How to Find Federal Court Records in North Carolina?

North Carolina has Federal District and Bankruptcy Courts. Members of the public may obtain copies of federal court records from the court where the case was filed for a fee. District court records between 1790 and 1978 and older records may be obtained from the National Archives and Records Administration (NARA) through online, fax, email, mail, or in-person at a Federal Records Center.

The Eastern District Court offers court records, transcripts, records searches, and archived court records to the public via submission of a Public Request Form to the Clerk of Courts. There are fees attached depending on the record being requested. Copies of court records cost 50 cents per page and an extra $11 for certification. Transcript requests cost 50 cents per page; parties may also order transcripts that have not been created by request to the court reporter. Record searches cost $31 per name. Archive requests cost $64 for first box requests and $39 for additional box requests.

The Middle District Court records may be obtained at the Greensboro Clerk’s Office. There is no cost attached to viewing records maintained by this office. However, interested partie are required to pay 50 cents for each page of Case Management and Electronic Case Files (CM/ECF) records. Each page of paper copies also cost 50 cents.

Parties may also send a letter to the Clerk’s office to obtain records or call the office on (336) 332–6000 to determine the preferred method for obtaining the records.

Interested parties may obtain Western District records from the Clerk of Courts for assessed fees. These fees are similar to those of the Eastern District.

The United States Bankruptcy Court for the Eastern District of North Carolina makes public records prior to December 1, 2003, available through the Clerk’s Office. It costs $30 for record searches and an additional $.50 per page to copy records. Members of the public may also request records from the attorney who handled the case. Court records on or after December 1, 2003, are obtainable using PACER. Requesters who do not know how many pages there are in the record or what documents they need may contact the Case Administrator that was assigned their case number.

Copies of court records are obtainable by written request to the Clerk’s Office of the United States Bankruptcy Court for the Middle District of North Carolina. It costs $.10 per page and $11 for certification. Court records of the United States Bankruptcy Court for the Western District of North Carolina are obtainable by contacting the Clerk on (704) 350–7500 for assistance or using PACER.

Can Federal Crimes Be Dismissed In North Carolina?

A dismissal occurs when a defendant is found not guilty of a criminal charge. In accordance with the Federal Rule of Criminal Procedure, Rule 48, federal crimes can be dismissed in North Carolina by the court or government. The court has sole jurisdiction on dismissal while the government may only do so with the permission of the court. However, this occurrence is rare because more often than not, the charges do not meet the conditions for dismissal. A court may dismiss charges if unnecessary delays occur when bringing a defendant to trial, filing an information against a defendant, or when presenting a charge to a grand jury. The government may dismiss charges with permission of the court but may not dismiss the prosecution during trial except with the consent of the defendant.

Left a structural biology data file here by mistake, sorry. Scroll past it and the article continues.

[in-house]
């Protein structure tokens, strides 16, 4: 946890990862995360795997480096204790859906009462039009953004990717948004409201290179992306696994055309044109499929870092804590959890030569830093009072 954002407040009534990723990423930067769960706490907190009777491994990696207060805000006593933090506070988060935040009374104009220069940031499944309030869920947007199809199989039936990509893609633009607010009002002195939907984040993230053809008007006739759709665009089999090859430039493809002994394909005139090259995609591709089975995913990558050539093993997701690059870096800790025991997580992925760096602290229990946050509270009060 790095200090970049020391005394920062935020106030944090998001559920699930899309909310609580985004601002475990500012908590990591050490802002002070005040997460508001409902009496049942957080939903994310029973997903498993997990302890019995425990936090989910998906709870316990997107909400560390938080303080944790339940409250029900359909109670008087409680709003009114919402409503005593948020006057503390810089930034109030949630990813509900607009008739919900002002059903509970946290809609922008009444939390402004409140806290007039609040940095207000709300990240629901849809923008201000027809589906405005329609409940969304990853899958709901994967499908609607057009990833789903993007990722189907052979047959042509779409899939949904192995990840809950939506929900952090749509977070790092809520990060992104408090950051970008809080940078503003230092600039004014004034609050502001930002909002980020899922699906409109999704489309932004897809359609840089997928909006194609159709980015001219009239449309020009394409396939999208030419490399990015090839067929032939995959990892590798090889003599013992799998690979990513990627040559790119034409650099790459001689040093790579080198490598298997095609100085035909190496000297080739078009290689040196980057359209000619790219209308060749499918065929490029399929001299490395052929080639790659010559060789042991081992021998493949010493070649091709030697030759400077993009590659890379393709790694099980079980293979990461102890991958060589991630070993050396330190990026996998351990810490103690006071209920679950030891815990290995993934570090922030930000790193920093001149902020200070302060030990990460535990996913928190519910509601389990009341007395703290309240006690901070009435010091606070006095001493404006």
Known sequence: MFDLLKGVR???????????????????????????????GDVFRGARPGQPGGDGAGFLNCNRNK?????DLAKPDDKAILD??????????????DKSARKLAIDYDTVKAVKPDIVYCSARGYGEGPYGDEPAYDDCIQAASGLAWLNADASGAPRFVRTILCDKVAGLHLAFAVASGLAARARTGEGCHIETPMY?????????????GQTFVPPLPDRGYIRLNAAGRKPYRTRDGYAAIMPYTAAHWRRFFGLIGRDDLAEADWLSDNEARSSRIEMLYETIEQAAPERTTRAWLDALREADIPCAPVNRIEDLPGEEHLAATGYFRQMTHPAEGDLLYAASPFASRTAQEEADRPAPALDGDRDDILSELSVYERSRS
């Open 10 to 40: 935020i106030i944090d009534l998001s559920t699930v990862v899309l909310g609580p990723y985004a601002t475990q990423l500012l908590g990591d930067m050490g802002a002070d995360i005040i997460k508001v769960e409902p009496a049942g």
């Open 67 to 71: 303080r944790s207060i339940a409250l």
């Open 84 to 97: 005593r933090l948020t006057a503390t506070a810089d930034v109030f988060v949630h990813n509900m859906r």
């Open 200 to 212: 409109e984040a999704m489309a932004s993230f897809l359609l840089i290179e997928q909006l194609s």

How Do I Clear My Federal Criminal Record?

There are common law statutes that permit members of the public to access federal criminal records. Even then, certain records are either sealed or expunged by court order or statute to protect parties involved. Both options are remedies to prevent access to sensitive information but there is a key difference between the two. A sealed record is only hidden from public access and can be unsealed and accessed by court order while an expunged record is destroyed, as if the crime never occurred. Expungement is absolutely the better option, but it is not easy to expunge a federal criminal record without merit or pardon. As such, it happens rarely.

Federal criminal records which may be sealed include grand jury proceedings, national security secrets, identifying information of juveniles, victims, witnesses, and defendants, and trade secrets. The power to seal, unseal, or expunge a record rests with a federal judge who may order a record sealed if it is in the best interests of society and law. Conviction conditions by which a federal criminal record may be expunged include:

  • Convictions resulting from government misconduct
  • Convictions based on outdated or unconstitutional laws
  • Defendants under 21 years found guilty of drug possession with no priors, as given by the Federal First Offender Act §3607

Ex-offenders who want to expunge or seal their federal records must petition a federal judge in writing.